07:55 < manveru> i have no idea how to make this parallel though
07:55 < nsf> my demo is a bit more complex
07:55 < nsf> because it has interactive interface
07:55 < nsf> you can zoom-in and pan
07:55 < manveru> ah, sdl/gl
07:56 < manveru> cool
07:56 < nsf> and it uses multiple goroutines
07:56 < nsf> as drawing workers
07:56 < nsf> draws mandelbrot in software then uploads to opengl texture
07:56 < manveru> ah, so you split it into tiles
07:56 < nsf> yes
07:57 < manveru> neat
07:57 < nsf> also if you will test it, read the README
07:58 < nsf> I don't force GOMAXPROCS, so you have to set it by yourself
07:58 < manveru> yeah
07:58 < manveru> what are you using for sdl/gl?
07:58 < manveru> Go-SDL and Go-OpenGL?
07:58 < nsf> Go-SDL and Go-OpenGL, yes
07:59 < manveru> http://github.com/manveru/raptgo
07:59 < manveru> some sdl stuff i made a while ago
07:59 < nsf> I've seen this
07:59 < nsf> and played
07:59 < manveru> oh?
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08:00 < manveru> how is it?
08:00 < manveru> never heard of anyone who actually tried it :)
08:00 < nsf> that was one of the first apps I checked when learning go
08:00 < nsf> http://go-lang.cat-v.org/go-code
08:00 < nsf> found here in games section
08:01 < manveru> heh, they got my name wrong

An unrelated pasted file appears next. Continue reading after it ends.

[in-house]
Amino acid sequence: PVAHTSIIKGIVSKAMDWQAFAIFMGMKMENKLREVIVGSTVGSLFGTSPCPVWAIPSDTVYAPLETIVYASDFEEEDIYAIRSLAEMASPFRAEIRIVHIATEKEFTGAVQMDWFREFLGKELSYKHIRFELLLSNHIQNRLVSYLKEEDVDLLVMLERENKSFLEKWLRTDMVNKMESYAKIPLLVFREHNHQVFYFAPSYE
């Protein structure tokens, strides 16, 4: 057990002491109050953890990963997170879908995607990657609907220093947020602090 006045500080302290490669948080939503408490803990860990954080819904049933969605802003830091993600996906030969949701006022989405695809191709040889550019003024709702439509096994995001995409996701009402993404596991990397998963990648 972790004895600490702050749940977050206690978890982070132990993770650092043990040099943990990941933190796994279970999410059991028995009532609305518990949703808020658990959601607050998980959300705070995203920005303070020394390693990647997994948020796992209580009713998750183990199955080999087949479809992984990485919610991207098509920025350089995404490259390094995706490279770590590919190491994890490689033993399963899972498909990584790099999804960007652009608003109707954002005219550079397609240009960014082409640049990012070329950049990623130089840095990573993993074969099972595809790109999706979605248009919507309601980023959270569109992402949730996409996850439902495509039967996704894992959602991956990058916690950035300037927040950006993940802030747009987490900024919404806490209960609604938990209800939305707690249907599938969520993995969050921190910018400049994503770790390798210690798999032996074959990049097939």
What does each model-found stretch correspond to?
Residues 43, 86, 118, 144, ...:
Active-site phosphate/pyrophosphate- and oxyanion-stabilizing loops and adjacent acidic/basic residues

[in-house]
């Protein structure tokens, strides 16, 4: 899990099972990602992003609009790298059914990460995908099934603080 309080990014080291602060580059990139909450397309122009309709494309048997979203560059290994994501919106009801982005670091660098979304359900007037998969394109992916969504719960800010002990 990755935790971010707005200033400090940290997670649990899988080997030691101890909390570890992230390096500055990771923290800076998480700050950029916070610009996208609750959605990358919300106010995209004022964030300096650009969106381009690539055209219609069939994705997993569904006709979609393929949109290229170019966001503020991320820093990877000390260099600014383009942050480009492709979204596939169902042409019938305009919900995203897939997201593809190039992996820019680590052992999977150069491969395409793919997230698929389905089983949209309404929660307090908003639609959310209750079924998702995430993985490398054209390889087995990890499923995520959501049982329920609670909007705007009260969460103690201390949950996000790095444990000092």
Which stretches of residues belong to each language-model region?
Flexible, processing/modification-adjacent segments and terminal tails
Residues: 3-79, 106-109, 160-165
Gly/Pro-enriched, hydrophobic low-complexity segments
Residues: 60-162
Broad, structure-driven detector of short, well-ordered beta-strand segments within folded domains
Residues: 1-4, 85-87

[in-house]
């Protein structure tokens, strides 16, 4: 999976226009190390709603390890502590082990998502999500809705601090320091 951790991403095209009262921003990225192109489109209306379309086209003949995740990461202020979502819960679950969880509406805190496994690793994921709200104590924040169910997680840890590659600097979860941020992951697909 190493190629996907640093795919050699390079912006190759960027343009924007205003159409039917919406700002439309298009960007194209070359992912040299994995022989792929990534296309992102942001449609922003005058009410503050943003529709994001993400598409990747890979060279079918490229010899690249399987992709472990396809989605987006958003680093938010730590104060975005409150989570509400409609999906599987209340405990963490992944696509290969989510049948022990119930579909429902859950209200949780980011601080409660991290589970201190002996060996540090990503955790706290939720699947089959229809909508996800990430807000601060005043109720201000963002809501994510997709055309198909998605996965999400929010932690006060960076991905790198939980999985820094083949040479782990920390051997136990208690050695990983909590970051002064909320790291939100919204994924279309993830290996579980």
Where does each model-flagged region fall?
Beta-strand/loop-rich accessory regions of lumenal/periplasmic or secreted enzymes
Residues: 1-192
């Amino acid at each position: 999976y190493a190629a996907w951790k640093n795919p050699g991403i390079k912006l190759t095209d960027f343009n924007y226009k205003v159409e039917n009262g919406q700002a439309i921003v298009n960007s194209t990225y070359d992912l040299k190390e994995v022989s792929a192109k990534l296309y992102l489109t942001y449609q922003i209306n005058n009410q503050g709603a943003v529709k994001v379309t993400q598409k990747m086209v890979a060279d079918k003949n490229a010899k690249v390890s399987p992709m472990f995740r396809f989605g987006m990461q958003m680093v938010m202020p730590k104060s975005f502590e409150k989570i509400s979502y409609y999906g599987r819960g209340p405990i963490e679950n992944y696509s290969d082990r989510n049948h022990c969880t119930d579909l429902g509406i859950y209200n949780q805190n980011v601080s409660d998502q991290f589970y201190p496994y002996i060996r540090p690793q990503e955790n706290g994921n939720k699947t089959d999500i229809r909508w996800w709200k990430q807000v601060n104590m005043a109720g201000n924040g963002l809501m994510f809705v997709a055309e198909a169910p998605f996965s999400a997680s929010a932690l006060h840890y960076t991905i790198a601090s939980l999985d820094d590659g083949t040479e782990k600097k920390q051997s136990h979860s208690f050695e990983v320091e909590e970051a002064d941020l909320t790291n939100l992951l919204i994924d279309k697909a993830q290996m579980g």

08:03 < manveru> man, there is a lot of stuff these days
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08:03 < rsaarelm> I know that someone has tried my Teratogen, I got a bug
report about the SDL stuff not building on OS X.
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08:04 < manveru> i tried it too
08:04 < manveru> ran pretty well
08:04 < nsf> that wasn't me, I don't like rougelike games :)
08:06 < rsaarelm> I'm still trying to get the game mechanics to make some
sense, so it's not really in a phase where testing is solicited.  Still, it's nice
to have it up as a tech demo.
08:07 < manveru> yeah, i looked at some of your techniques
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08:10 < manveru> http://github.com/skybrian/Gongo
08:10 < manveru> nice one...
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10:18 < nsf> screw D, I'll better stick with Go, at least it works
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11:09 < femtoo> hey
11:09 < femtoo> I got a problem with cgo
11:09 < femtoo> http://www.pastie.org/1077155
11:09 < femtoo> if I remove the dispose function it compiles fine
11:10 < femtoo> I pass Context by value as it is just a typedef of a pointer
11:10 < femtoo> what am I doing wrong?
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11:35 < hokapoka> Where does log.Stderrf output to?
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11:36 < vrtical> hokapoka: I think the answer is in the question :-)
11:37 < napsy> hokapoka: it goes to stderr
11:37 < vrtical> "Stderrf is a helper function for easy formatted logging to